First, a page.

[Marxism] Letter to Desmond Tutu concerning President Robert Mugabe

Walter Lippmann walterlx at earthlink.net
Sun Jul 6 13:24:12 MDT 2008

It's hard to read the mind of another person, but it's easy to see
that the ANC's struggle against apartheid involved a mixture of
mass action and military action. The two forms of combat were just
not enough to win the struggle, even when combined and seen as one
single form there. The ANC's assessment was that, like the FARC
in Colombia, and the IRA in northern Ireland, an all-out victory
was simply not possible. Furthermore, there's a great deal more
water and electricity in South Africa today for the masses of
the people than there was during apartheid. Even if there are
water meters, you can't have meters unless you have water there
in the first place. I'm sure there's more water in the townships
today than there was under apartheid.

The ANC concluded that since it could not win the struggle on the
political and military basis on which it had been fought, that 
it had to accept less than a complete victory. It further made
the decision that it would try to avoid driving the whites out
of South Africa. It was that less than full victory which led
to the current situations in South Africa and Zimbabwe where a
black government controls the government apparatus, but economic
power remains in the hands of the old white capitalist class.

Even today, though apartheid may not be the law of the land,
racist hatred of and abuse of blacks by whites in South Africa
is still a fact of life. Furthermore, South Africa's history as
a magnet for Africans from other parts of the continent, both
black and non-black, remains a fact. Even under apartheid, 
many blacks went to live and work in South Africa despite all
the harsh restrictions and privations even under that system.
Today that remains the case because South Africa is STILL more
developed economically than the rest of the African continent.

In fact, we're seeing today that South African blacks are just
as normal as anyone else in being able to express racist hate
for other blacks, if they happen to be undocumented immigrants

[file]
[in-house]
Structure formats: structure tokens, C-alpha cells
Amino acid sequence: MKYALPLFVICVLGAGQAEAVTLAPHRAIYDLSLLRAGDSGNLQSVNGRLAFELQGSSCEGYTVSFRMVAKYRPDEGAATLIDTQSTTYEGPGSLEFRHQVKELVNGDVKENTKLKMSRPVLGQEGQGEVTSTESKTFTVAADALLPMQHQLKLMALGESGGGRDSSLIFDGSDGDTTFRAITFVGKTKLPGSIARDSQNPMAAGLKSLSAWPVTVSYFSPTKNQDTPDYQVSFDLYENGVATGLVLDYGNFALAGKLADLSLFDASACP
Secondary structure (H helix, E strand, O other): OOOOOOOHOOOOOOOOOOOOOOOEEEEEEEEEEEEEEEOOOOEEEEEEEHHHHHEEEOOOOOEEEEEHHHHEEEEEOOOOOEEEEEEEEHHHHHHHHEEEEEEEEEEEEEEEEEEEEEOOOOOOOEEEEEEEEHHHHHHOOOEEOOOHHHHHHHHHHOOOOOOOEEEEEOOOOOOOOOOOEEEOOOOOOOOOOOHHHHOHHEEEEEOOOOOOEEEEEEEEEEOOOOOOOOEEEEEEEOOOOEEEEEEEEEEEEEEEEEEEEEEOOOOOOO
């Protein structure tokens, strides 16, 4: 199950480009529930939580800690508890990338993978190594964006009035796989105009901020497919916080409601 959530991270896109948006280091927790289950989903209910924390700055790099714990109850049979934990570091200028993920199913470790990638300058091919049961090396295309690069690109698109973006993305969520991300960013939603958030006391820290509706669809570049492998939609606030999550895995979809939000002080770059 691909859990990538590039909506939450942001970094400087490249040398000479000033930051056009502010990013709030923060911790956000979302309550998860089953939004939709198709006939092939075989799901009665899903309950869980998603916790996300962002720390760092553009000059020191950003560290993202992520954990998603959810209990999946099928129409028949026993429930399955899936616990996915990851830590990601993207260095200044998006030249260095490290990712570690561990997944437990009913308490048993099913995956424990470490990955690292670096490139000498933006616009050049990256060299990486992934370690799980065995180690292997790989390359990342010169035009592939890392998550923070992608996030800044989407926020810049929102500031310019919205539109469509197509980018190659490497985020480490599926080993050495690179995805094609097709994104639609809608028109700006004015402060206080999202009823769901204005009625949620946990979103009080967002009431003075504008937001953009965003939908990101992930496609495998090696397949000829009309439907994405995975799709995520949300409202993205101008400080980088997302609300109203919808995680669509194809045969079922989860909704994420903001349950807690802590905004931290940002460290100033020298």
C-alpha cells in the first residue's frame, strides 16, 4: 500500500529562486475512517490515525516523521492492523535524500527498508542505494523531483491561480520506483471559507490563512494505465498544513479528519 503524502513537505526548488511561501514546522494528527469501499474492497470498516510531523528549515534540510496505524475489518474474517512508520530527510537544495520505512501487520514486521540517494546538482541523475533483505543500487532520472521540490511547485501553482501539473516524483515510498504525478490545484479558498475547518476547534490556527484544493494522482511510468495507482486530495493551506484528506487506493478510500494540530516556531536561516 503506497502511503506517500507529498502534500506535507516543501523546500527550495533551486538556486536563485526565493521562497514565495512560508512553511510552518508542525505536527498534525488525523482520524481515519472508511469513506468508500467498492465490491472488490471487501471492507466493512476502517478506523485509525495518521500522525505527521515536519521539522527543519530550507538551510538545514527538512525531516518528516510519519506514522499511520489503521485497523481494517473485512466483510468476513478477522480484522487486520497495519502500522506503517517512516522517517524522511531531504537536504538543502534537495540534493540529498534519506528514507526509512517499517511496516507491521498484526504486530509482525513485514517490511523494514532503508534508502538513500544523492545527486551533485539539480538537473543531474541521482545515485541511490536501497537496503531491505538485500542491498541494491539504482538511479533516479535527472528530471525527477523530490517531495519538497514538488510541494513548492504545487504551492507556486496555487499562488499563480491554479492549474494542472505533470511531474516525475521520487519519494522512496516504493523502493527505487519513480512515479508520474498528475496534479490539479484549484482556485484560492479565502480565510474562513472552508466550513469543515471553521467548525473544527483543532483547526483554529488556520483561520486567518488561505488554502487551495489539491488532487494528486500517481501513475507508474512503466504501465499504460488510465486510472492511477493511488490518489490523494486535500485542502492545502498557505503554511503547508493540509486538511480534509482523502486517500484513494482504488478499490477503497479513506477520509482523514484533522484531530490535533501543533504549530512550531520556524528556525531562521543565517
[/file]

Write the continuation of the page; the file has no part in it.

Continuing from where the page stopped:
from other countries on the continent. This is sad, but it's a
sign that black majority rule, while a giant step forward, is
still far from sufficient to build a qualitatively new society.

For that a socialist revolution would be necessary. But as we
can see by looking at Venezuela, Ecuador and Bolivia, that's 
not easy do when you come in through the capitalist electoral
process. Today's ANC government has come into power and has
remained in power through bourgeois democracy, a system with
immense limits on what can be done. They are certainly fully
responsible for what they do and don't do, but they cannot be
blamed for the decades of history which preceded them.

They did not make a socialist revolution in South Africa nor
in Zimbabwe. I'm sure that there are more things which the ANC
might have done, but as to whether or not they lacked political
will as Louis declares, I'm not prepared to make that statement.

Walter Lippmann
Olympia, Washington
South Africa still strives against racial discrimination

In an interview for Juventud Rebelde, South African ambassador 
Thenjiwe Mtintso commends Cuba’s contribution to her people’s struggle.

The way that this could have been achieved was by mobilizing the
masses as had been the case up to the abolition of apartheid. After
apartheid ended, the ANC brass decided that it was in their own
interest to stop short of social liberation. This was not because it
didn't achieve a "military victory" but because it lacked the
political will.

     Los Angeles, California
     Editor-in-Chief, CubaNews
     "Cuba - Un Paraíso bajo el bloqueo"

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